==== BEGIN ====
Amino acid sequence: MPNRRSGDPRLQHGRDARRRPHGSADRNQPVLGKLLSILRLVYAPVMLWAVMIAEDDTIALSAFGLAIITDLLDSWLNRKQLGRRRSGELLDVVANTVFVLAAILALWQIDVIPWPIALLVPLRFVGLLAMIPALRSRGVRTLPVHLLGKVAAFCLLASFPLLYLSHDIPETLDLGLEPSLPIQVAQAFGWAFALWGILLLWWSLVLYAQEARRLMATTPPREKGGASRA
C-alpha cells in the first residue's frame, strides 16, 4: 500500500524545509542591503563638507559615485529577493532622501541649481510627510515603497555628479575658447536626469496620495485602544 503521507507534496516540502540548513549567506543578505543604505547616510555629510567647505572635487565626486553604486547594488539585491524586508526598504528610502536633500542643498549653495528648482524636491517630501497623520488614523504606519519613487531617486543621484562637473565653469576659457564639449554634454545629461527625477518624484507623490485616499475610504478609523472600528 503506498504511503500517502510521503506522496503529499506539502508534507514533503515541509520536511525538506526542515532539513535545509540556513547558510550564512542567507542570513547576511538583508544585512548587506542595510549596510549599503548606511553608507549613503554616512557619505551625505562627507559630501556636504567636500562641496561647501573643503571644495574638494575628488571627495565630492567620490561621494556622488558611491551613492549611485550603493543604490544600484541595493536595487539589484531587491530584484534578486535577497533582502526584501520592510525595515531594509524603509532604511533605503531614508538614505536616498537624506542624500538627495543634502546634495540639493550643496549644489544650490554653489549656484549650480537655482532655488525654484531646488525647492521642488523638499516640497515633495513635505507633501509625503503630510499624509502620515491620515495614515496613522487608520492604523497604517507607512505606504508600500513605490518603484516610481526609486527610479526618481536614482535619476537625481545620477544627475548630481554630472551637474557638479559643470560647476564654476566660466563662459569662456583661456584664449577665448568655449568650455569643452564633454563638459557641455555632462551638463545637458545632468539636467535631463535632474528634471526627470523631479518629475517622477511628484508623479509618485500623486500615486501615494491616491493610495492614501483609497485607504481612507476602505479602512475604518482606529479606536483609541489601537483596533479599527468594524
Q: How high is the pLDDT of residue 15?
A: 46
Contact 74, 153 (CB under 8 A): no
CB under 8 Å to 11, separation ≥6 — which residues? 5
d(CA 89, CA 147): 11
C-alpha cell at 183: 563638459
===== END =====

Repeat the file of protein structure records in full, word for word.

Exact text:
Amino acid sequence: MPNRRSGDPRLQHGRDARRRPHGSADRNQPVLGKLLSILRLVYAPVMLWAVMIAEDDTIALSAFGLAIITDLLDSWLNRKQLGRRRSGELLDVVANTVFVLAAILALWQIDVIPWPIALLVPLRFVGLLAMIPALRSRGVRTLPVHLLGKVAAFCLLASFPLLYLSHDIPETLDLGLEPSLPIQVAQAFGWAFALWGILLLWWSLVLYAQEARRLMATTPPREKGGASRA
C-alpha cells in the first residue's frame, strides 16, 4: 500500500524545509542591503563638507559615485529577493532622501541649481510627510515603497555628479575658447536626469496620495485602544 503521507507534496516540502540548513549567506543578505543604505547616510555629510567647505572635487565626486553604486547594488539585491524586508526598504528610502536633500542643498549653495528648482524636491517630501497623520488614523504606519519613487531617486543621484562637473565653469576659457564639449554634454545629461527625477518624484507623490485616499475610504478609523472600528 503506498504511503500517502510521503506522496503529499506539502508534507514533503515541509520536511525538506526542515532539513535545509540556513547558510550564512542567507542570513547576511538583508544585512548587506542595510549596510549599503548606511553608507549613503554616512557619505551625505562627507559630501556636504567636500562641496561647501573643503571644495574638494575628488571627495565630492567620490561621494556622488558611491551613492549611485550603493543604490544600484541595493536595487539589484531587491530584484534578486535577497533582502526584501520592510525595515531594509524603509532604511533605503531614508538614505536616498537624506542624500538627495543634502546634495540639493550643496549644489544650490554653489549656484549650480537655482532655488525654484531646488525647492521642488523638499516640497515633495513635505507633501509625503503630510499624509502620515491620515495614515496613522487608520492604523497604517507607512505606504508600500513605490518603484516610481526609486527610479526618481536614482535619476537625481545620477544627475548630481554630472551637474557638479559643470560647476564654476566660466563662459569662456583661456584664449577665448568655449568650455569643452564633454563638459557641455555632462551638463545637458545632468539636467535631463535632474528634471526627470523631479518629475517622477511628484508623479509618485500623486500615486501615494491616491493610495492614501483609497485607504481612507476602505479602512475604518482606529479606536483609541489601537483596533479599527468594524
Q: How high is the pLDDT of residue 15?
A: 46
Contact 74, 153 (CB under 8 A): no
CB under 8 Å to 11, separation ≥6 — which residues? 5
d(CA 89, CA 147): 11
C-alpha cell at 183: 563638459